7MutagenChemical(e.g., EMS)Physical (e.g., gamma, X-ray or fast neutron radiation)Biological (ZFNs, TALENs or CRISPR/ Cas) Biological- Transgenics (e.g., Agro or gene gun)
CRISPR Cas systemsThese are the part of the Bacterial immune system which detects and recognize the foreign DNA and cleaves it.THE CRISPR (Clustered Regularly Interspaced Short Palindromic Repeats) loci Cas (CRISPR- associated) proteins can target and cleave invading DNA in a sequence specific manner.A CRISPR array is composed of a series of repeats interspaced by spacer sequences acquired from invading genomes.
Components of CRISPR
Protospacer adjacent motif(PAM)
Different CRISPR-Cas system in Bacterial Adaptive Immunity
Class 1- type I (CRISPR-Cas3) and type III (CRISPR-Cas10)uses several Cas proteins and the crRNA
Class 2- type II (CRISPR-Cas9) and type V (CRISPR-Cpf1)employ a large single-component Cas-9 protein in conjunction with crRNA and tracerRNA. 11Zetsche et al., (2015) functioning of type II CRISPR system
Different Cas proteins and their functionProtein Distribution Process FunctionCas1Universal Spacer acquisitionDNAse, not sequence specfic, can bind RNA; present in all TypesCas2Universal Spacer acquisitionspecific to U-rich regions; present in all TypesCas3Type I signature Target interferenceDNA helicase, endonucleaseCas4 Type I, II Spacer acquisitionRecB-like nuclease with exonuclease activity homologous to RecBCas5Type I crRNA expressionRAMP protein, endoribonuclease involved in crRNA biogenesis; part of CASCADECas6Type I, III crRNA expressionRAMP protein, endoribonuclease involved in crRNA biogenesis; part of CASCADECas7Type I crRNA expressionRAMP protein, endoribonuclease involved in crRNA biogenesis; part of CASCADECas8Type I crRNA expression Large protein with McrA/HNH-nuclease domain and RuvC-like nuclease; part of CASCADECas9Type II signature Target interferenceLarge multidomain protein with McrA-HNH nuclease domain and RuvC-like nuclease domain; necessary for interference and target cleavageCas10Type III signature crRNA expressionand interferenceHD nuclease domain, palm domain, Zn ribbon; some homologies with CASCADE elements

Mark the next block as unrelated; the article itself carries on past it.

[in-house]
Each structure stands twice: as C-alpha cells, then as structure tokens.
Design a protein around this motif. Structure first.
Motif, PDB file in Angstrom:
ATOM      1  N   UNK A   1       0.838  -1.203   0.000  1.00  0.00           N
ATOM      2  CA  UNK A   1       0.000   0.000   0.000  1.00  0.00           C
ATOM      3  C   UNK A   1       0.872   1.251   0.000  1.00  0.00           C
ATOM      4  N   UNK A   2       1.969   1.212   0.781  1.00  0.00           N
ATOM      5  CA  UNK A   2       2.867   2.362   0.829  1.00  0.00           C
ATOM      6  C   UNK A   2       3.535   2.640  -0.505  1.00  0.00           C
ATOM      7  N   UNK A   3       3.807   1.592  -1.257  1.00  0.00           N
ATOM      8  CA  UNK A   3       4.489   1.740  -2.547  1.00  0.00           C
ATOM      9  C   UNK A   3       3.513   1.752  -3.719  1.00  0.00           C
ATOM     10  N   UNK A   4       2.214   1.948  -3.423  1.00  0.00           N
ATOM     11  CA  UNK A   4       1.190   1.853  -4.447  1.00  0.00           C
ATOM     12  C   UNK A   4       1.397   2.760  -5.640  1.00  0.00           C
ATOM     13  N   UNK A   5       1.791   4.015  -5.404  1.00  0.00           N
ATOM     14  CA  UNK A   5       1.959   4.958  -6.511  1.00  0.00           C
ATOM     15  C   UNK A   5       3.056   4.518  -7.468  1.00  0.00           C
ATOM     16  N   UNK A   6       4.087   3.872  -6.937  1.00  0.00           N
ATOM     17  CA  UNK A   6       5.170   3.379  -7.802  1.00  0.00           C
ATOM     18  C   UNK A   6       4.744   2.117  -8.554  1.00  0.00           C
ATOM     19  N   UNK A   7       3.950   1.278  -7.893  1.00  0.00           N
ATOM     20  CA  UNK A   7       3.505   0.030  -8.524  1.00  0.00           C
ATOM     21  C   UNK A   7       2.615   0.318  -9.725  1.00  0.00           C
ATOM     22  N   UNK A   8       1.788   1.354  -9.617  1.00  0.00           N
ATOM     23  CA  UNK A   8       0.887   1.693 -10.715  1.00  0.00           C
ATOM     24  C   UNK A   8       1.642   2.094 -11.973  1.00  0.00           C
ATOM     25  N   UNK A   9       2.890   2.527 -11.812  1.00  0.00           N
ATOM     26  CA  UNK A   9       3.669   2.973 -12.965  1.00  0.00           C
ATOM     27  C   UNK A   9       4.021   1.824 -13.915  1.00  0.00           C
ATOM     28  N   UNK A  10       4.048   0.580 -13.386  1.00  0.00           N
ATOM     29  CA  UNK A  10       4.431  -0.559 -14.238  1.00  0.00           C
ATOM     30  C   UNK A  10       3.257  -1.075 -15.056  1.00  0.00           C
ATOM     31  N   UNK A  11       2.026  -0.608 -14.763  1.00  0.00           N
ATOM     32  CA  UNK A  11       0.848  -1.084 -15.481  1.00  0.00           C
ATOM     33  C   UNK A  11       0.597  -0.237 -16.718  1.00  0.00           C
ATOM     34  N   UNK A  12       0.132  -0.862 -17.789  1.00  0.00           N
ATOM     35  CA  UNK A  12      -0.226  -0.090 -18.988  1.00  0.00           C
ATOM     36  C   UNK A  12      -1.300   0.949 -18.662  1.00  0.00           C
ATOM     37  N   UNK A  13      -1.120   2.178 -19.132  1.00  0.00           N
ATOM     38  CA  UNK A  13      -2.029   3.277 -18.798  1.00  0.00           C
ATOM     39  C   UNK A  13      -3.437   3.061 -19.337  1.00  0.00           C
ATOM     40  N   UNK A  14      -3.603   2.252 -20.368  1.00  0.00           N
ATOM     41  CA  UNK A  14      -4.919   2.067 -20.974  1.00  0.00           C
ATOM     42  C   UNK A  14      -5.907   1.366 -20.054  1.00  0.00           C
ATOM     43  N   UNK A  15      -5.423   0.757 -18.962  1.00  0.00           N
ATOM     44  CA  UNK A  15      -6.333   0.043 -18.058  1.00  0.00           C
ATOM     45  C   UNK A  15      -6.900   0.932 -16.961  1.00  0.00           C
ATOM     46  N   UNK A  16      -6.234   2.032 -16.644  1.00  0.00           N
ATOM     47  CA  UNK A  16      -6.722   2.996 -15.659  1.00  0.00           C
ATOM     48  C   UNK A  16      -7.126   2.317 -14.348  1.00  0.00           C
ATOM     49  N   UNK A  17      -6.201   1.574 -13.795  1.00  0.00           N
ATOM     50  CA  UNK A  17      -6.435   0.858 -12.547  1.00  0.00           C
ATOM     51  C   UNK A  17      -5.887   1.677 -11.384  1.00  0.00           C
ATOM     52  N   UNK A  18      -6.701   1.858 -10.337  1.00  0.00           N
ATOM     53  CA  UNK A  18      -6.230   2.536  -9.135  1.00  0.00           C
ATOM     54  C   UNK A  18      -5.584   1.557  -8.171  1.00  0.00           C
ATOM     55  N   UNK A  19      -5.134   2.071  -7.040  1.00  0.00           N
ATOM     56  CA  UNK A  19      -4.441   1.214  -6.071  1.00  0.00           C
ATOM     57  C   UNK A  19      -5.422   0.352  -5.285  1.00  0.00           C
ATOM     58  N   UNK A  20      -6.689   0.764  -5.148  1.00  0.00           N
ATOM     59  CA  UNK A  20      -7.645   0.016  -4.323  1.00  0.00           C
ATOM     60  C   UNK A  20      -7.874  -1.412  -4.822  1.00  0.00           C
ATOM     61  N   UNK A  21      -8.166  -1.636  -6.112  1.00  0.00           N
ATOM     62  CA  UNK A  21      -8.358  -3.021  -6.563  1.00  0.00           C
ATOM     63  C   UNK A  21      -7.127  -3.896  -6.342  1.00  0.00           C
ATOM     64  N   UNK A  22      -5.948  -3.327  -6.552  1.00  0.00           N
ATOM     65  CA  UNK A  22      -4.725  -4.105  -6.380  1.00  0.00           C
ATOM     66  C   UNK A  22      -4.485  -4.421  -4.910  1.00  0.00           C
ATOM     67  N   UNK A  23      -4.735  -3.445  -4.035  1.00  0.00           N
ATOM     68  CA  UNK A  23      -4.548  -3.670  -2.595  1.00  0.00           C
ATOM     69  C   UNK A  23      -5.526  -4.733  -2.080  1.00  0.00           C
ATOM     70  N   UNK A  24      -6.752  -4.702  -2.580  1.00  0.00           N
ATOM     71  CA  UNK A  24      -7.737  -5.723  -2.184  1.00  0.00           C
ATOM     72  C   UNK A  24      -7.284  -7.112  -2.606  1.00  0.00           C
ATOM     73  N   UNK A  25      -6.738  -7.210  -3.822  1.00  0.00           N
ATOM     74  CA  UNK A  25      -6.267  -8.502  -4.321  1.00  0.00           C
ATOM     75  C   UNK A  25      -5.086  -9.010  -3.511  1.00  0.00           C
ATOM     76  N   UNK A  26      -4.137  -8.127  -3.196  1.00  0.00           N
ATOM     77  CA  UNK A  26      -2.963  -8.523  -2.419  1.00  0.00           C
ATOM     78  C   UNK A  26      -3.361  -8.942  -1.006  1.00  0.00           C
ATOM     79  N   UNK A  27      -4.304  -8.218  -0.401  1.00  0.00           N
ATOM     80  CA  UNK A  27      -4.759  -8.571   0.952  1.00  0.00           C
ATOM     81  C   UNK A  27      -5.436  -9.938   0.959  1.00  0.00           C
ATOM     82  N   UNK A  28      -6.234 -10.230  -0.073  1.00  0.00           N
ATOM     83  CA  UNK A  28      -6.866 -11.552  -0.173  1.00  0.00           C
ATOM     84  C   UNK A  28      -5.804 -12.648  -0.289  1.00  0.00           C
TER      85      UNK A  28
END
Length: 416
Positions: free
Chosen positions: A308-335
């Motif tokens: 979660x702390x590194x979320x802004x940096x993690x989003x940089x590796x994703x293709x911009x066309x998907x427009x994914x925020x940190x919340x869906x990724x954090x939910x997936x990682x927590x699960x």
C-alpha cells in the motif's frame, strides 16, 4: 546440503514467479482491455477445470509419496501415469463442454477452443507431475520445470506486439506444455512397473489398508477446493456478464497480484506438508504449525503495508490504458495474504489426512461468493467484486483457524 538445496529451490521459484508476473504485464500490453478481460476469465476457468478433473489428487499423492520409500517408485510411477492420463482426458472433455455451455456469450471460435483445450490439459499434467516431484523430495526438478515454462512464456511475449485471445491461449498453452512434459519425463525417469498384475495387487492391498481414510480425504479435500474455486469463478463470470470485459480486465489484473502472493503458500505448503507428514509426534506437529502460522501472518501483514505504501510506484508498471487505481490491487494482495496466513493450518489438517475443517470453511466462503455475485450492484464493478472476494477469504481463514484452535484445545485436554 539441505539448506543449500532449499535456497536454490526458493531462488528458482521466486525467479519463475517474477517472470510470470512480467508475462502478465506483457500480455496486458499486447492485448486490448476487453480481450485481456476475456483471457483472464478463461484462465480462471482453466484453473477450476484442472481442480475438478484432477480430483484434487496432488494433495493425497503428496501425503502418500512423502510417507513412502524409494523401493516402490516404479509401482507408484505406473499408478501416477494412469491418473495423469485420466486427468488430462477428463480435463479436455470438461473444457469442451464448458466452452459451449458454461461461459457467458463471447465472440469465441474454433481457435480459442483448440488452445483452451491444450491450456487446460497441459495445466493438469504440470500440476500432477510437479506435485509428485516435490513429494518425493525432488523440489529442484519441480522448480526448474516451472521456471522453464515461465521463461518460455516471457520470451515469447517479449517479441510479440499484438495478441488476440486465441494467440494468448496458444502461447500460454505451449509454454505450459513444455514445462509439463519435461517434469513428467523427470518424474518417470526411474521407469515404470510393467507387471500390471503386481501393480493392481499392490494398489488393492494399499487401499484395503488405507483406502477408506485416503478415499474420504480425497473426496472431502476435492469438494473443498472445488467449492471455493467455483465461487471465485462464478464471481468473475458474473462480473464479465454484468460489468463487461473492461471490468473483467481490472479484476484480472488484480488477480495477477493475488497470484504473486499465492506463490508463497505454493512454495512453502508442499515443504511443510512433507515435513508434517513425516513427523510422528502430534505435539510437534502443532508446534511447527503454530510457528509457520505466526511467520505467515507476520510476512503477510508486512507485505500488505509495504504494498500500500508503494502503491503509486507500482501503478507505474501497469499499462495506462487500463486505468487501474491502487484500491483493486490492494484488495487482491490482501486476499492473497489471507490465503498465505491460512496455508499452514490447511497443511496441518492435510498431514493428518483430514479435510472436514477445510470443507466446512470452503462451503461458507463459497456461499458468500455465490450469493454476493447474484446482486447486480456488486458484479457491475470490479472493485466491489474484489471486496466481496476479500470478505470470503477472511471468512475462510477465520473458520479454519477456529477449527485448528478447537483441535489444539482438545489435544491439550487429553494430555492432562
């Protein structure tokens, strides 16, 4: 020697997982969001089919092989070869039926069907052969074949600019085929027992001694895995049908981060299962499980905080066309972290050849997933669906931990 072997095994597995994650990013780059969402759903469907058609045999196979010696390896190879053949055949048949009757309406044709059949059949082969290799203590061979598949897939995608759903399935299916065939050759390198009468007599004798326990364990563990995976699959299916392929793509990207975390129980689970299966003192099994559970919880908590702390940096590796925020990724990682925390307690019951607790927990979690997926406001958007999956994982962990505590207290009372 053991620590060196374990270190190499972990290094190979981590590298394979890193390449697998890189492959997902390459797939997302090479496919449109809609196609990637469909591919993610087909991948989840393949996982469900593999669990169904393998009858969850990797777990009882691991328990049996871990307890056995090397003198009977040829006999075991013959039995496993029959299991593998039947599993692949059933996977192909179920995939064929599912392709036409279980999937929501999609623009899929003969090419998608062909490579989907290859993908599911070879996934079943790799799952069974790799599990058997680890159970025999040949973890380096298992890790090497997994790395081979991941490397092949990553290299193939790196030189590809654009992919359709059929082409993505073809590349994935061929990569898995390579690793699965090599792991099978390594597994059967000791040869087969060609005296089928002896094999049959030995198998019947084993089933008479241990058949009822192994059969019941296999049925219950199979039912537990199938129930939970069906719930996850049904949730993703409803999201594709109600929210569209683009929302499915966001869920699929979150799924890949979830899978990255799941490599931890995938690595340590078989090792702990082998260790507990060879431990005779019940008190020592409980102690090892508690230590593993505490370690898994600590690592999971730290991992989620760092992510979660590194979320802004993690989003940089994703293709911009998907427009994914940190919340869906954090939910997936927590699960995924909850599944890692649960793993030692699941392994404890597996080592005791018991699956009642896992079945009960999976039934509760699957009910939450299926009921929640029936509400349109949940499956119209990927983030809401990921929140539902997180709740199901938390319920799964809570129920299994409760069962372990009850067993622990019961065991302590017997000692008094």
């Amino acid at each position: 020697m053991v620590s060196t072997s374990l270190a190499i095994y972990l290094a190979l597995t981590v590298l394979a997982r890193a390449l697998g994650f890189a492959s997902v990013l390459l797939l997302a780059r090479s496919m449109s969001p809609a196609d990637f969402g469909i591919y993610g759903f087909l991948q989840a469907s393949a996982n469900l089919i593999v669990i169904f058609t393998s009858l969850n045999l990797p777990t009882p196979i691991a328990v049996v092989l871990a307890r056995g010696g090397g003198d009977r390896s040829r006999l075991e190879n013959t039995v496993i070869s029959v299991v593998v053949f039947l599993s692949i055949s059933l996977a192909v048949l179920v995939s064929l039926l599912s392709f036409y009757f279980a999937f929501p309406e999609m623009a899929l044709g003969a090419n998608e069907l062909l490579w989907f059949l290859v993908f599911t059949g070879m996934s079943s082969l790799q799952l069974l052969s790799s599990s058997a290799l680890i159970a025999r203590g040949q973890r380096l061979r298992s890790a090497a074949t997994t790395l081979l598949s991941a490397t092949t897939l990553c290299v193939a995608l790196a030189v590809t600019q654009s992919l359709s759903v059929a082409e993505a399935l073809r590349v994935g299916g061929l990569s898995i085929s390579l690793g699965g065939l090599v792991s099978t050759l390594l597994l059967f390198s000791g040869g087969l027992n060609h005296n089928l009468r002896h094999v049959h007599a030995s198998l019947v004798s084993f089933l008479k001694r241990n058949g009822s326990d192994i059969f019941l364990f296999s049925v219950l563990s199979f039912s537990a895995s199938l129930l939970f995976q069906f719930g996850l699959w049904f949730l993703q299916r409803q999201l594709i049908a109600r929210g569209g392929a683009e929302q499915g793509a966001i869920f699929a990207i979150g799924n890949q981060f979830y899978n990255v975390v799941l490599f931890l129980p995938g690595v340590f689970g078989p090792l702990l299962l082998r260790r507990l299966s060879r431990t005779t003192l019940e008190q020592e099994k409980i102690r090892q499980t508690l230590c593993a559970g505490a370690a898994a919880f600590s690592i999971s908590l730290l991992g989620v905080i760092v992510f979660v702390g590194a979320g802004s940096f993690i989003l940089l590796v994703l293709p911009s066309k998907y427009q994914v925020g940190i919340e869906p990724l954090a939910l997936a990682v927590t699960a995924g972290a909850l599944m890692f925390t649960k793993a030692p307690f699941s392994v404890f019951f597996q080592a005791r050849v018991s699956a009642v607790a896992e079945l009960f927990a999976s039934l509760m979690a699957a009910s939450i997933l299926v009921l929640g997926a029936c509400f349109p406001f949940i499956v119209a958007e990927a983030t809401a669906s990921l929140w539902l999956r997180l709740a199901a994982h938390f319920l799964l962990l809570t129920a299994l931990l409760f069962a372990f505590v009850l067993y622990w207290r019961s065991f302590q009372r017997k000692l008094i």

Action of CRISPR in bacteriaThe CRISPR immune system works to protect bacteria from repeated viral attack via three basic steps:
(2) Production of cr RNA
15 Structure of cas9 protein
16 Structure of crRNA
Versatile Nature of CRISPR Technology 20
Jeffry et al., 2014
CRISPR/Cas9-based knock-out of phytoene desaturase gene (PDS) in Populus tomentosa21
Combining crRNA and tracrRNA into sgRNA was the crucial step for the development of CRISPR technology
22Joung et al., 2012
What makes CRISPR system the ideal genome engineering technology
Examples of crops modified with CRISPR technology 24CROPSDESCRIPTIONREFERNCESCorn Targeted mutagenesisLiang et al. 2014Rice Targeted mutagenesisBelhaj et al. 2013Sorghum Targeted gene modificationJiang et al. 2013bSweet orange Targeted genome editingJia and Wang 2014TobaccoTargeted mutagenesisBelhaj et al. 2013Wheat Targeted mutagenesisUpadhyay et al. 2013, Yanpeng et al. 2014PotatoSoybeanTargeted mutagenesisGene editingShaohui et al., 2015Yupeng et al., 2015